Author Topic: Selecting an equivalent Inductor  (Read 908 times)

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Offline solexious

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Selecting an equivalent Inductor
« on: March 14, 2016, 01:40:27 pm »
Hey all,

I'm currently setting up a boost led driver for the first time (part of a project that runs 3w rgb leds from li-ion batteries controlled by esp8266's). As its a boost driver it needs an inductor. The example I'm using (page 30, the 3 x 350ma 3.6v leds http://www.farnell.com/datasheets/1882103.pdf) uses this inductor: http://uk.farnell.com/coilcraft/do1608c-103mlb/inductor-pwr-10uh-1-5a-20-35mhz/dp/2287199

That inductor costs almost double the driver, so I went looking for a cheaper alternative. The 3 things that seem important are the inductance, dc resistance and rms. (I think?) So following that I found this inductor: http://uk.farnell.com/panasonic-electronic-components/ell6uh100m/choke-power-6x6x5mm-10uh/dp/1717483.

It seems to be a good replacement to me, but not having dabbled before I'm not sure.

Does that look like it will fit the bill? Am I missing something?

Cheers

Sol

p.s. alternative recommendations welcome, but will need to be available in the uk to be useful
 

Offline SebG

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Re: Selecting an equivalent Inductor
« Reply #1 on: March 14, 2016, 06:20:36 pm »
Hey.

Even if the data sheet recommends the DO1608C inductor you don't need to use that one.  What matters is that you match the specs like inductance, resistance and current rating. If one device has lower resistance then your circuit will be more efficient but that value shouldn't be too critical. Mainly it's the inductance and the current rating.  Other parameters can slightly improve the efficiency of the circuit but it could also drive the cost up.

However current rating comes in two flavors: RMS and Saturation and they are usually not the same. RMS current means there is some defined temperature rise at that current whereas Saturation current means that the inductance is reduced at those currents.  In the case of the ELL6US100m the Rated current of 1.8A means 45 degrees Celsius rise above ambient and 70% the rated inductance. So it would behave as a 7 uH inductor at 1.8A.  (I think i got that correctly since the translation in the datasheet is not accurate) The DO1608c part specifies ISat as 1.1A with a 10% drop in inductance (9 uH at 1.1A) and 20 degrees C rise in temperature and Irms as 1.5 A with a 40 degree C rise.  They are not easily comparable so ensure that the current in the inductor (i.e. the peek current) in your circuit doesn't reach saturation of any device you choose otherwise the efficiency will suffer.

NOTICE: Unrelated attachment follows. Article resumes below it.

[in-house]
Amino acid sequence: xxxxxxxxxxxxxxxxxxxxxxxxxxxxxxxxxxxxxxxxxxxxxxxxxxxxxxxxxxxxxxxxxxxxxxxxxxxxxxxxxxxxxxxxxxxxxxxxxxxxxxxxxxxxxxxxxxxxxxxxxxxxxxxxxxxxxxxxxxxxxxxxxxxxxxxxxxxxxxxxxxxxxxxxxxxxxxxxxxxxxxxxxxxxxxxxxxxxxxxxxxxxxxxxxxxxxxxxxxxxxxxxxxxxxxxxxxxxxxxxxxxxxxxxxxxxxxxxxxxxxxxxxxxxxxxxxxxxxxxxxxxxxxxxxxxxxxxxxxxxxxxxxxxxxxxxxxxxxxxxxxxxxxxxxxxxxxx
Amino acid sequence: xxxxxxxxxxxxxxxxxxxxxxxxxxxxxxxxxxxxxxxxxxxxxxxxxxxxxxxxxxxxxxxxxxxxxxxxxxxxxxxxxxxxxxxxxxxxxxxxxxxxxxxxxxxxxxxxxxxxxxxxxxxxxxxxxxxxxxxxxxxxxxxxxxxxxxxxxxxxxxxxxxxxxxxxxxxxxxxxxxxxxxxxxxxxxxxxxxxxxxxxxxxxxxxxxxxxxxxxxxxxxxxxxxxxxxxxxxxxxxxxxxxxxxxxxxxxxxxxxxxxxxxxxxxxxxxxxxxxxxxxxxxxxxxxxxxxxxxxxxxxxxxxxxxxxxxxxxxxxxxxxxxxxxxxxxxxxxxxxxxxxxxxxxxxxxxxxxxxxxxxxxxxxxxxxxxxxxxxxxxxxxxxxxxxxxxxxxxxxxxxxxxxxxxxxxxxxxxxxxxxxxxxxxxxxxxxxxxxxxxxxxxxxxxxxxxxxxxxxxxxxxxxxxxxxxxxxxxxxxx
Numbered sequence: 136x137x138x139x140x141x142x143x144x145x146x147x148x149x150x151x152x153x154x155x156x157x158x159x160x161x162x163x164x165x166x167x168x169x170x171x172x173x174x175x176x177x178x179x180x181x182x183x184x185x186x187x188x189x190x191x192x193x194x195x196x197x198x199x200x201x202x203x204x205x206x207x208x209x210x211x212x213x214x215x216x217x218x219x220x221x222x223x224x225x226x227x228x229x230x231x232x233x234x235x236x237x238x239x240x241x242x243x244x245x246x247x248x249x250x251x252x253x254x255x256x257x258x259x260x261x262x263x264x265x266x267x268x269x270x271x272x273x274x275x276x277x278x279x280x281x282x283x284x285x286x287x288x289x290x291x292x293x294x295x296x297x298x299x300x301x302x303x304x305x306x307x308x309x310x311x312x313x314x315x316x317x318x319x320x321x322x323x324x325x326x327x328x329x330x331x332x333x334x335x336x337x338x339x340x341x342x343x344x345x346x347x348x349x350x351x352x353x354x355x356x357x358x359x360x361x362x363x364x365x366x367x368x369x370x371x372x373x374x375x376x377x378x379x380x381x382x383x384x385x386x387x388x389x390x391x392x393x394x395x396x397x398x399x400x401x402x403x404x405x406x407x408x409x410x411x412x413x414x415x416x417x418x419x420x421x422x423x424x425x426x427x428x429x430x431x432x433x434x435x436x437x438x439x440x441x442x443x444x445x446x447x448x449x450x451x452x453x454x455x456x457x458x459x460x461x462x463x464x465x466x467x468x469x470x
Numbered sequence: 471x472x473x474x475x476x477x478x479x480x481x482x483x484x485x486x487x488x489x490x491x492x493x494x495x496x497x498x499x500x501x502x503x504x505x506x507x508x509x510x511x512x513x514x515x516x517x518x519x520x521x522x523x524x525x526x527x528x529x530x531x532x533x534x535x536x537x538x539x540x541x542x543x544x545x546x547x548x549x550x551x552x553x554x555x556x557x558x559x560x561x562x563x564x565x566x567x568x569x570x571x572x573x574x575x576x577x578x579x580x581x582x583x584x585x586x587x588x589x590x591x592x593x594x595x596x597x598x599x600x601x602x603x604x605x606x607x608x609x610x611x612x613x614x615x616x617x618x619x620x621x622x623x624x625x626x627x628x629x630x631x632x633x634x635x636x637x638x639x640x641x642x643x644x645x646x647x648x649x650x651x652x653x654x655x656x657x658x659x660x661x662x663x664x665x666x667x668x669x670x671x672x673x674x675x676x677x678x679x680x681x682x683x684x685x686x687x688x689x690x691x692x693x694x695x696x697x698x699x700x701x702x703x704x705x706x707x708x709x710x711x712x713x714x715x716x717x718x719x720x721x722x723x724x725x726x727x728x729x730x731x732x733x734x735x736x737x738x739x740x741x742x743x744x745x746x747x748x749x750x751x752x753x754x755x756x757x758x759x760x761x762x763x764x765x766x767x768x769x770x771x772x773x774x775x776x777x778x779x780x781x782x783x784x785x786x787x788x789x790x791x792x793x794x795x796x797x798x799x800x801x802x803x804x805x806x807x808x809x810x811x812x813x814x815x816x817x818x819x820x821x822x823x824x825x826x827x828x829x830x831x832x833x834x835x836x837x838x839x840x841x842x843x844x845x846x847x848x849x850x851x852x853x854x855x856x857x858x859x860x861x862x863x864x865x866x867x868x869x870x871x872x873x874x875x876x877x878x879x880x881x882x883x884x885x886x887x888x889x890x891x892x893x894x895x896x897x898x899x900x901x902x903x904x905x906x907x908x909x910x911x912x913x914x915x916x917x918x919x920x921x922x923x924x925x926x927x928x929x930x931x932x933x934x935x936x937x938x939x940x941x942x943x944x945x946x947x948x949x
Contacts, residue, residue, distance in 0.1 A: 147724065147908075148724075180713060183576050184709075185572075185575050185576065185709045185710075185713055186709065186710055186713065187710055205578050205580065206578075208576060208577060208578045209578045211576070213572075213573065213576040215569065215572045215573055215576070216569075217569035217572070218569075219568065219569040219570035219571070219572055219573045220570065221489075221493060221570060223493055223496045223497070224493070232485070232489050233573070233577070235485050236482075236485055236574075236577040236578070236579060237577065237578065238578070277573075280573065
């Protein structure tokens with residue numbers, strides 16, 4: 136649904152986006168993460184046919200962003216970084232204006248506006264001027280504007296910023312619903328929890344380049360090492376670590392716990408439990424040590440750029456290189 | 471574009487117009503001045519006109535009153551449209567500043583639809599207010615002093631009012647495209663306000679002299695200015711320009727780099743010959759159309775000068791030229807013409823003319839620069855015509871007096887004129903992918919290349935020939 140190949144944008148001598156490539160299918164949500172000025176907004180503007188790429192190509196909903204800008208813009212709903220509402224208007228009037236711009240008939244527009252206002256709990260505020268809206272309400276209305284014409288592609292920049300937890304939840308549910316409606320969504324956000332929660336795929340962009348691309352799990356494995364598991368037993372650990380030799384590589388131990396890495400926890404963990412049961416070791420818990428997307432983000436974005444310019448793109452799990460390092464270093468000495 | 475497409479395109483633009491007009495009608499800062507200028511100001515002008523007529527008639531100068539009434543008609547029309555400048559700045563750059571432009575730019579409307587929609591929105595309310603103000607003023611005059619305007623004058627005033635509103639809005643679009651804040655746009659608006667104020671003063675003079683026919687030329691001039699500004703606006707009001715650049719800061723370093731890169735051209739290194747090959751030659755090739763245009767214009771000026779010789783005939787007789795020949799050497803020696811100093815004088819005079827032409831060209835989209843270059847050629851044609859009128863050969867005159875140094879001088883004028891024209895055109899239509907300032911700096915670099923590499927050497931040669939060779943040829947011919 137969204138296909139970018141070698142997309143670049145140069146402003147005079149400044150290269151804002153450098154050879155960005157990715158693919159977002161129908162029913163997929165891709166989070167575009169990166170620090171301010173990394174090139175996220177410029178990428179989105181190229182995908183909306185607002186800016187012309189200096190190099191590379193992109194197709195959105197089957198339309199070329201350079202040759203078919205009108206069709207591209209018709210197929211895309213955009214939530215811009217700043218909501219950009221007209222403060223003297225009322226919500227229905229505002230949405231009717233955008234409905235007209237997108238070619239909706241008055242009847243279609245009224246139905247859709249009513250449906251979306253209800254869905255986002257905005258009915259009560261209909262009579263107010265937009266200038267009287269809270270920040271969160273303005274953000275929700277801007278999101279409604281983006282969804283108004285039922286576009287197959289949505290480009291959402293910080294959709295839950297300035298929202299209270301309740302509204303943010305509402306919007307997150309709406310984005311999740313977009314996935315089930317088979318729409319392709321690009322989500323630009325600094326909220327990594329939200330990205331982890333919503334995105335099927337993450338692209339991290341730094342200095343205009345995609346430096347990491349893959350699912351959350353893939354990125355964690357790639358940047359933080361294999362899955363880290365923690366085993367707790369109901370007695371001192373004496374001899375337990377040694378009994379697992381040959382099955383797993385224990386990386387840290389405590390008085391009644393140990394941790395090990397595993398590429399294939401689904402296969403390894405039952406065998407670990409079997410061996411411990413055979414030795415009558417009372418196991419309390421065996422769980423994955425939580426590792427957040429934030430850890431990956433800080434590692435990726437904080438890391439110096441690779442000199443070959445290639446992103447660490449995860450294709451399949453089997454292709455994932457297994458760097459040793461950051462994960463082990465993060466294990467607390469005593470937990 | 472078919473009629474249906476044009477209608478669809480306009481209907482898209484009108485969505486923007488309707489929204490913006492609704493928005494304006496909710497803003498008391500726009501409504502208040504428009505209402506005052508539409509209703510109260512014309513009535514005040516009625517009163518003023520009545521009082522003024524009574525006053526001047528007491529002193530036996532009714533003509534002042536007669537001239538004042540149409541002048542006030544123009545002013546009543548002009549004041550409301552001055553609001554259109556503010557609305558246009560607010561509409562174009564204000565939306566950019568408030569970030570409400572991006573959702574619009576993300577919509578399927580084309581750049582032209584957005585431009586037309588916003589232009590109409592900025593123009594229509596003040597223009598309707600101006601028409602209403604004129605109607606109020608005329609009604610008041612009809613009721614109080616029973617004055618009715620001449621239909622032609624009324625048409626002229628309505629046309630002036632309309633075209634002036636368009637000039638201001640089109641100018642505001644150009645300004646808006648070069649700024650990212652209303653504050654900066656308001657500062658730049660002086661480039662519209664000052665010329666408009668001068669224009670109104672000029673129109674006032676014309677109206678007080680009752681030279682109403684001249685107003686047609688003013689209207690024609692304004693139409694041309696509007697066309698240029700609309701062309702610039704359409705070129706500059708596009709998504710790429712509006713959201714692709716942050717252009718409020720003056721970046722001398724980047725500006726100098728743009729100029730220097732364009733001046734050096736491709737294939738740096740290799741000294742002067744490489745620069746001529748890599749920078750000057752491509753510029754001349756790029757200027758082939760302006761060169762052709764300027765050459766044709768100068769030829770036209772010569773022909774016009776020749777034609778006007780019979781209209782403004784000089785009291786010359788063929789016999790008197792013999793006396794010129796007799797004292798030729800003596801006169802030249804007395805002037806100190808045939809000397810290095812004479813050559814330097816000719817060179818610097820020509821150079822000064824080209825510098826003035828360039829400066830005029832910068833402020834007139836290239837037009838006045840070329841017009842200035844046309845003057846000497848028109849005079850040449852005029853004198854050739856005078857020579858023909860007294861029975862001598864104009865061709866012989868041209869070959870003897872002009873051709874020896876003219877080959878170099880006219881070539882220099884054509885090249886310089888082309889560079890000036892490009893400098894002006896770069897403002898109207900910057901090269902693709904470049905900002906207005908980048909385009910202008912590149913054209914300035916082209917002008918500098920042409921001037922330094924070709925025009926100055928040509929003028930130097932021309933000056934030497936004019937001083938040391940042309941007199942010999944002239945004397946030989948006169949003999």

Sebastian
 

Offline solexious

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Re: Selecting an equivalent Inductor
« Reply #2 on: March 15, 2016, 03:47:18 am »
Thanks for the reply.

Okie doke, that makes sense to me, thank you for pointing out the RMS and Saturation differences. On that note, I'm not sure how to workout how many amps the inductor will put put under with my leds. I'm assuming its not the 350ma that I will be drawing on the led side with my 3.6v 350ma string of 3 leds in series. How can I work that out so I can check where on the RMS/Saturation scale I will sit?

Cheers

Charles
 

Offline SebG

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Re: Selecting an equivalent Inductor
« Reply #3 on: March 17, 2016, 11:28:44 am »
The regulator device datasheet says that it's switch is rated for a switching current of 2.8A so that would be your maximum inductor current. Another way to look at this is how much power you are delivering to the LEDs. So if each led is 3.6V times 3 LEDs at 350mA is 3.78W. The regulator is say only 85% efficient so you need about 4.4W. Since you are powering it from a lithium battery at 3.4V then you'll need an RMS current of 4.4W/3.4V = 1.3A.  That RMS current can be a good ball park of the inductor's current rating.  So between 2.8A and 1.3A should be a good place. 
Sebastian
 


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